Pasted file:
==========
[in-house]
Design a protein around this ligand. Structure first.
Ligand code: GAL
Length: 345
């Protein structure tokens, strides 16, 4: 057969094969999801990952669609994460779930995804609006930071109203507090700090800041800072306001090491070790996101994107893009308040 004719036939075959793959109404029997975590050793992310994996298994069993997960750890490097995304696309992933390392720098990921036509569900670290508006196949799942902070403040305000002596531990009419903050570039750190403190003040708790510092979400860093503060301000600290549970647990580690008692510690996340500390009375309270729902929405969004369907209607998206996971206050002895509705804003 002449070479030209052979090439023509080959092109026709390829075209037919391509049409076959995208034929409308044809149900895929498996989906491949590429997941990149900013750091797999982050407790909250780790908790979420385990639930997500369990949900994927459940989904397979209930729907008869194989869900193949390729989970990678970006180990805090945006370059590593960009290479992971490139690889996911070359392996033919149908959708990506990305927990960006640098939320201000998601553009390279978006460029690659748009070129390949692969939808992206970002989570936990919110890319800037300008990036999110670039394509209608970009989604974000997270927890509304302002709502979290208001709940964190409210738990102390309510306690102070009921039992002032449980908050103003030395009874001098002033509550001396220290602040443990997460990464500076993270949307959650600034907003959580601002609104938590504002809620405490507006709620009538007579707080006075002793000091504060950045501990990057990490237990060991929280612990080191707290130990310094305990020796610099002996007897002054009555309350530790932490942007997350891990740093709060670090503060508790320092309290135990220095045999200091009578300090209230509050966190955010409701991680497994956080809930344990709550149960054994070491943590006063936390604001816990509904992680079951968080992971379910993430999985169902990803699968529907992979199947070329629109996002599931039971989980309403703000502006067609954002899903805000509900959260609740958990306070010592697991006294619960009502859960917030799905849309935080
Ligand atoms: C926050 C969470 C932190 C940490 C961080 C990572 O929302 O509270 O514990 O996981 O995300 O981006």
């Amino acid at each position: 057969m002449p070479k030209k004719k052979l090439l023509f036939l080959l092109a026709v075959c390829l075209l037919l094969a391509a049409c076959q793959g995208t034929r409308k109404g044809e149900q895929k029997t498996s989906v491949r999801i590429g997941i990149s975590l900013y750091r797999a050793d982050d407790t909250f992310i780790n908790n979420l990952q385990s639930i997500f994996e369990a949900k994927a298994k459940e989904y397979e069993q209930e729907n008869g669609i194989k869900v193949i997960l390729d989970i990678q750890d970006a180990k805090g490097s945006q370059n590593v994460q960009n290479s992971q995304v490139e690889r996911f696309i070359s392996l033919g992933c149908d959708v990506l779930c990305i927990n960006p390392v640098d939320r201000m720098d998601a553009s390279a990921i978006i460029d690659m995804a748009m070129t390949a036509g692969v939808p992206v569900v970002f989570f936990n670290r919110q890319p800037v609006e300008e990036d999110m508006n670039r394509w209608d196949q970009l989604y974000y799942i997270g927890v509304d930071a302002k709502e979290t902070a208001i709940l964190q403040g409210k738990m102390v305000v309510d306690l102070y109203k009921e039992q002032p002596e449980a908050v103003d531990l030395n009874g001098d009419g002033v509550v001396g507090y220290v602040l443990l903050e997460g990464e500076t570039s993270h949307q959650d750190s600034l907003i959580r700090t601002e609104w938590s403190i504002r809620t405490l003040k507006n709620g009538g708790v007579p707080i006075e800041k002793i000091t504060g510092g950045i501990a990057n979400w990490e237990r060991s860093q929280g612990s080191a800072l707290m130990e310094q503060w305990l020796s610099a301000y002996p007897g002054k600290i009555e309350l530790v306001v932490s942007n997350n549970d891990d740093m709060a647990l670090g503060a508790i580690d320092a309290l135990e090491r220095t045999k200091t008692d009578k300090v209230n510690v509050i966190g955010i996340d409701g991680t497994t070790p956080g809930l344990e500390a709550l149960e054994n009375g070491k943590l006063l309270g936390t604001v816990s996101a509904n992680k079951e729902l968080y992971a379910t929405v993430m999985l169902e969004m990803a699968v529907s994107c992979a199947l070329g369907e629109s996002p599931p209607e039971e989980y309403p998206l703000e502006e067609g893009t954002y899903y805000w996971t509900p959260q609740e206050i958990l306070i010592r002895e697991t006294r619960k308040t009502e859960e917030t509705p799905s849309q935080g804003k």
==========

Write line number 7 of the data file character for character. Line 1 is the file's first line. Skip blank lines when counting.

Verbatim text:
């Amino acid at each position: 057969m002449p070479k030209k004719k052979l090439l023509f036939l080959l092109a026709v075959c390829l075209l037919l094969a391509a049409c076959q793959g995208t034929r409308k109404g044809e149900q895929k029997t498996s989906v491949r999801i590429g997941i990149s975590l900013y750091r797999a050793d982050d407790t909250f992310i780790n908790n979420l990952q385990s639930i997500f994996e369990a949900k994927a298994k459940e989904y397979e069993q209930e729907n008869g669609i194989k869900v193949i997960l390729d989970i990678q750890d970006a180990k805090g490097s945006q370059n590593v994460q960009n290479s992971q995304v490139e690889r996911f696309i070359s392996l033919g992933c149908d959708v990506l779930c990305i927990n960006p390392v640098d939320r201000m720098d998601a553009s390279a990921i978006i460029d690659m995804a748009m070129t390949a036509g692969v939808p992206v569900v970002f989570f936990n670290r919110q890319p800037v609006e300008e990036d999110m508006n670039r394509w209608d196949q970009l989604y974000y799942i997270g927890v509304d930071a302002k709502e979290t902070a208001i709940l964190q403040g409210k738990m102390v305000v309510d306690l102070y109203k009921e039992q002032p002596e449980a908050v103003d531990l030395n009874g001098d009419g002033v509550v001396g507090y220290v602040l443990l903050e997460g990464e500076t570039s993270h949307q959650d750190s600034l907003i959580r700090t601002e609104w938590s403190i504002r809620t405490l003040k507006n709620g009538g708790v007579p707080i006075e800041k002793i000091t504060g510092g950045i501990a990057n979400w990490e237990r060991s860093q929280g612990s080191a800072l707290m130990e310094q503060w305990l020796s610099a301000y002996p007897g002054k600290i009555e309350l530790v306001v932490s942007n997350n549970d891990d740093m709060a647990l670090g503060a508790i580690d320092a309290l135990e090491r220095t045999k200091t008692d009578k300090v209230n510690v509050i966190g955010i996340d409701g991680t497994t070790p956080g809930l344990e500390a709550l149960e054994n009375g070491k943590l006063l309270g936390t604001v816990s996101a509904n992680k079951e729902l968080y992971a379910t929405v993430m999985l169902e969004m990803a699968v529907s994107c992979a199947l070329g369907e629109s996002p599931p209607e039971e989980y309403p998206l703000e502006e067609g893009t954002y899903y805000w996971t509900p959260q609740e206050i958990l306070i010592r002895e697991t006294r619960k308040t009502e859960e917030t509705p799905s849309q935080g804003k």